Being a small business owner in Victoria can be a hard but rewarding job. However, you may come into disagreements with other businesses or individuals. In some circumstances, the people that you are in a disagreement with may choose to take legal action and sue you. If this happens, you will be served with legal documents. Each state has different laws on what to do if you are served. This article explains what you should do if you are served in Victoria and sets out your options to respond to the documents.

What is Service?

Service is a legal term for delivering documents to a specific person or business. It’s a term that courts rely on to confirm that legal documents have been delivered to a party in a proceeding. This then allows the court to commence legal proceedings formally. The proceedings may be against you individually, or you may be joined to a claim due to your involvement in a particular business dealing.

A service processor usually completes the service. They will turn up at your registered place of business and ask you to confirm your identity. If you refuse to identify yourself, the service processor can simply leave the documents at your registered place of business. This includes sliding the documents under the front door.

If you are a sole trader, then documents must be served personally. However, if you continually avoid service, a court may order for the completion of service by:

  • leaving the documents at your known home address;
  • sending them by email; or
  • sending them via Facebook.

What Are the Consequences of Being Served?

Either you personally or your business are being sued. This depends on the business structure that you have chosen. If you’re operating as a sole trader, you will be sued personally. This means that if the court proceedings do not go in your favour, your personal assets may be seized. If you’re operating as a proprietary limited company, then generally only the assets of the business will be at risk.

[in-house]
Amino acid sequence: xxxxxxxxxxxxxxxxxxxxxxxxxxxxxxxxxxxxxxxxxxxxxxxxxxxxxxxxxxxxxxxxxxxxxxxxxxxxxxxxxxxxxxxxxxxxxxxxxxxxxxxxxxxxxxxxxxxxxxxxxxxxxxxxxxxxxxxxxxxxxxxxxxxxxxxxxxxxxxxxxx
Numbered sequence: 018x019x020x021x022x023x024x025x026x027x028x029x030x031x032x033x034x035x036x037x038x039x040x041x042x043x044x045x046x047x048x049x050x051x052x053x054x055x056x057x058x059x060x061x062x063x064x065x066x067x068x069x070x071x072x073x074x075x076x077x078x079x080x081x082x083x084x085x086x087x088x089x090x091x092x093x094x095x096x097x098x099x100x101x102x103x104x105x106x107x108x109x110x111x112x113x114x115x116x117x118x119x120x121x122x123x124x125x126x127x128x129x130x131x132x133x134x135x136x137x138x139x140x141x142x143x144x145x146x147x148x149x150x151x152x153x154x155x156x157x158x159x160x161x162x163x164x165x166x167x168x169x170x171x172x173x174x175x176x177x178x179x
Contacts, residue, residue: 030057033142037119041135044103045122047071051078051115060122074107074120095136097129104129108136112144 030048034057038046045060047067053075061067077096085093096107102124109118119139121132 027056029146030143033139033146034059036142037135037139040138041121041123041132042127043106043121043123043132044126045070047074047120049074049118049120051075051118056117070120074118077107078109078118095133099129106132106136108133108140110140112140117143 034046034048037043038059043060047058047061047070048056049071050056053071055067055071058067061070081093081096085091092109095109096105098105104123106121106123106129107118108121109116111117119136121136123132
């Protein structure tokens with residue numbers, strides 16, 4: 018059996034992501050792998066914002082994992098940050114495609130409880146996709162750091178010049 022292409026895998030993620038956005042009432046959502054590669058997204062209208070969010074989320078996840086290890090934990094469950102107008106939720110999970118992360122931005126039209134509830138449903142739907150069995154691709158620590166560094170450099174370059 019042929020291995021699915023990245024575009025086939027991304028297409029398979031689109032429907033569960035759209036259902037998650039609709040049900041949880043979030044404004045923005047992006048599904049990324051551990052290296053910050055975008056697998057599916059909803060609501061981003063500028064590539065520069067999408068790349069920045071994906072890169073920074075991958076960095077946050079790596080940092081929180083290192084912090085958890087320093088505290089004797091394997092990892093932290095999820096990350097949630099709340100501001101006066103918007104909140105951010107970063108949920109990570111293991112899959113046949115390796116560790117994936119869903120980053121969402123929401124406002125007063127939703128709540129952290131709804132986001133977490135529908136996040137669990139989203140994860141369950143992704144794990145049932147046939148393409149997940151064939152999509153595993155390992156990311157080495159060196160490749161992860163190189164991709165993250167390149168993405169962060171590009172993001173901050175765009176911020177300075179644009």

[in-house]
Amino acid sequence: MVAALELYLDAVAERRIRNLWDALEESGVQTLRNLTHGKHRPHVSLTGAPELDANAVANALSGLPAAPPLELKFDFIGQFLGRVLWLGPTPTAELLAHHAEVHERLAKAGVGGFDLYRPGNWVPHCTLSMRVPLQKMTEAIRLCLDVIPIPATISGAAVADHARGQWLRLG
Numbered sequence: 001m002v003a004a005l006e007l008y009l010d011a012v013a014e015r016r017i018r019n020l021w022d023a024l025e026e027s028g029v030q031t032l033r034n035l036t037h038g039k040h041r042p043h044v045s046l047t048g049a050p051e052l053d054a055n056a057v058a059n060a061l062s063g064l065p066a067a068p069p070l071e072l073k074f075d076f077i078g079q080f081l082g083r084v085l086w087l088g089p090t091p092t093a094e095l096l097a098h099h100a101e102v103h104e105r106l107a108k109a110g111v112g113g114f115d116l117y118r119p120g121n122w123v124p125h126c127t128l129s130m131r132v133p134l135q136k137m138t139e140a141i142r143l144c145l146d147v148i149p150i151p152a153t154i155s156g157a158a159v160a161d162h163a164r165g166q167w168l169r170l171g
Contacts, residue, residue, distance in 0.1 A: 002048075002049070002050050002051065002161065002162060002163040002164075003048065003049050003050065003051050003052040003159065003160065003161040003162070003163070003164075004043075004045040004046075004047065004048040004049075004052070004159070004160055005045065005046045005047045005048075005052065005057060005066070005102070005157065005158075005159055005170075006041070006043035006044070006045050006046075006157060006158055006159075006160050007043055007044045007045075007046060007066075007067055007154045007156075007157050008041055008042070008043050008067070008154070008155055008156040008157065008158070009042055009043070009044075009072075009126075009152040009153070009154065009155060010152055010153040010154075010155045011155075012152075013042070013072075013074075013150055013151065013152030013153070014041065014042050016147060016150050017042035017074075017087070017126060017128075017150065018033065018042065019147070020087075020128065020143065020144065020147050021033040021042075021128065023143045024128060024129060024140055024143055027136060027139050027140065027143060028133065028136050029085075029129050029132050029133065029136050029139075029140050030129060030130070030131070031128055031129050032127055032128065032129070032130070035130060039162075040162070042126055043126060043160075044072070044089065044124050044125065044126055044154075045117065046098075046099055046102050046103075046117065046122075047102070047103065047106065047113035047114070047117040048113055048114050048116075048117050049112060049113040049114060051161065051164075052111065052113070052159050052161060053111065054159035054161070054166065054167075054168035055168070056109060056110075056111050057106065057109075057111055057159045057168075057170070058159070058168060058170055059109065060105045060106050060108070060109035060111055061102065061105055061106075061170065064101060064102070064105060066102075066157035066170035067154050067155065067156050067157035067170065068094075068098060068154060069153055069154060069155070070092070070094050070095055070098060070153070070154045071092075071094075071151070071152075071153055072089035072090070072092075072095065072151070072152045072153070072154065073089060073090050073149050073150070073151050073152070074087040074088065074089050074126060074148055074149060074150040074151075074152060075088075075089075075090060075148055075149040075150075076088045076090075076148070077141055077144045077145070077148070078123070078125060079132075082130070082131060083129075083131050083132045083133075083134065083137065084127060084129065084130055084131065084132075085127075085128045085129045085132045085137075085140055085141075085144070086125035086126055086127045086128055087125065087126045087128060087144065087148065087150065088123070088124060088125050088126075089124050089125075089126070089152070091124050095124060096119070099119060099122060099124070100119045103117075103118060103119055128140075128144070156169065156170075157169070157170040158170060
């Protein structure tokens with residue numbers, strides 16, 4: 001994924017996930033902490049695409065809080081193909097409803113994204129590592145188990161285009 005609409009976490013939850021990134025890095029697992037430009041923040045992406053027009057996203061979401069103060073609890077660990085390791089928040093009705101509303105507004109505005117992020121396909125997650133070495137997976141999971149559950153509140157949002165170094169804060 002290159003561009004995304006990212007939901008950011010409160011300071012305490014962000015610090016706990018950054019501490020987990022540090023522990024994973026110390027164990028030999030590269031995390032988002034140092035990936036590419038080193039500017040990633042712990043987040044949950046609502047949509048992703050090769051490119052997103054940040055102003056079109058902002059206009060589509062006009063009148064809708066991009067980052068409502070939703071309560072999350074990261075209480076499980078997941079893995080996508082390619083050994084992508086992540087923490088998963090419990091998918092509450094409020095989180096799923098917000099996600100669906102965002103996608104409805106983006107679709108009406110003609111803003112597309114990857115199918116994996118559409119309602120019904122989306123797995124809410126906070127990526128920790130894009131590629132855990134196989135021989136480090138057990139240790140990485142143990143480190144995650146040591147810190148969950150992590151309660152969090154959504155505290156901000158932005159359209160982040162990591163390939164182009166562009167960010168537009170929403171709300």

Even if you have been served, you will not necessarily need to go to court. In many cases, it will be possible to settle the matter outside of court and avoid the expensive and drawn-out court process. Depending on your circumstances, avenues may be open to you that include:

Lawyers can assist you to negotiate a resolution formally. This means that they will communicate to the party on your behalf and reach a settlement agreement that is acceptable to you and your business.

Do I Need a Lawyer?

The fact that legal proceedings are already underway means that engaging a lawyer is a good idea.

For example, if you are served with a statement of claim, you will need to respond with a defence in the required legal form. Doing this on your own can be risky as a court can strike out documents that are poorly written or that do not comply with the necessary legal rules.

Part of the work of the legal team will be to draft your response in the correct legal terms. If applicable, they may even file any claim you may have against the other party.

Even if you can negotiate a resolution on your own, you should nonetheless engage a lawyer to draw up a deed of settlement. This ensures that the parties are formally bound to their agreement. If the agreement is not formally in writing, you may have difficulty enforcing it later on.

Can I Refuse Service?

It’s not a good idea to try to evade the service of court documents. If someone has commenced proceedings against you, they will find a way to serve you. Court documents can be served by leaving them with you or by mailing them to your office. Therefore, refusing to accept the documents won’t do you any good.

Once served, you (or the company) will usually have 21-30 days to file and serve a notice of defence. In some Victorian courts, you will first need to file a notice of appearance within 10 days of being served. The time period for filing your defence will only run from the day you file the notice of appearance.

What Happens if I Just Ignore it?

Whatever you decide to do, do not ignore court documents. If you do not file and serve a notice of appearance or a notice of defence within the required time, the court may order a default judgement against you or your company. This will mean that you will have to pay the amount specified in the judgment. You will also have to pay the other side’s legal costs and any interest on the claim.

If this happens to you or your small business, you need to act fast. Failing to set aside a default judgment will have a negative impact on your credit rating and will be difficult to remove from your credit report

Key Takeaways

Being served with legal documents means there is a legal claim against you or your business. If another party has served you, you should seek legal advice. You should not try to avoid service nor should you ignore the documents that you have been served.

The claim against you may have no merit at all or it may be difficult to defend. These are the kinds of decisions that litigation lawyers are experts at figuring out. If you have been served with documents, contact LegalVision’s litigation lawyers on 1300 544 755 or fill out the form on this page.

Stacey Stanley
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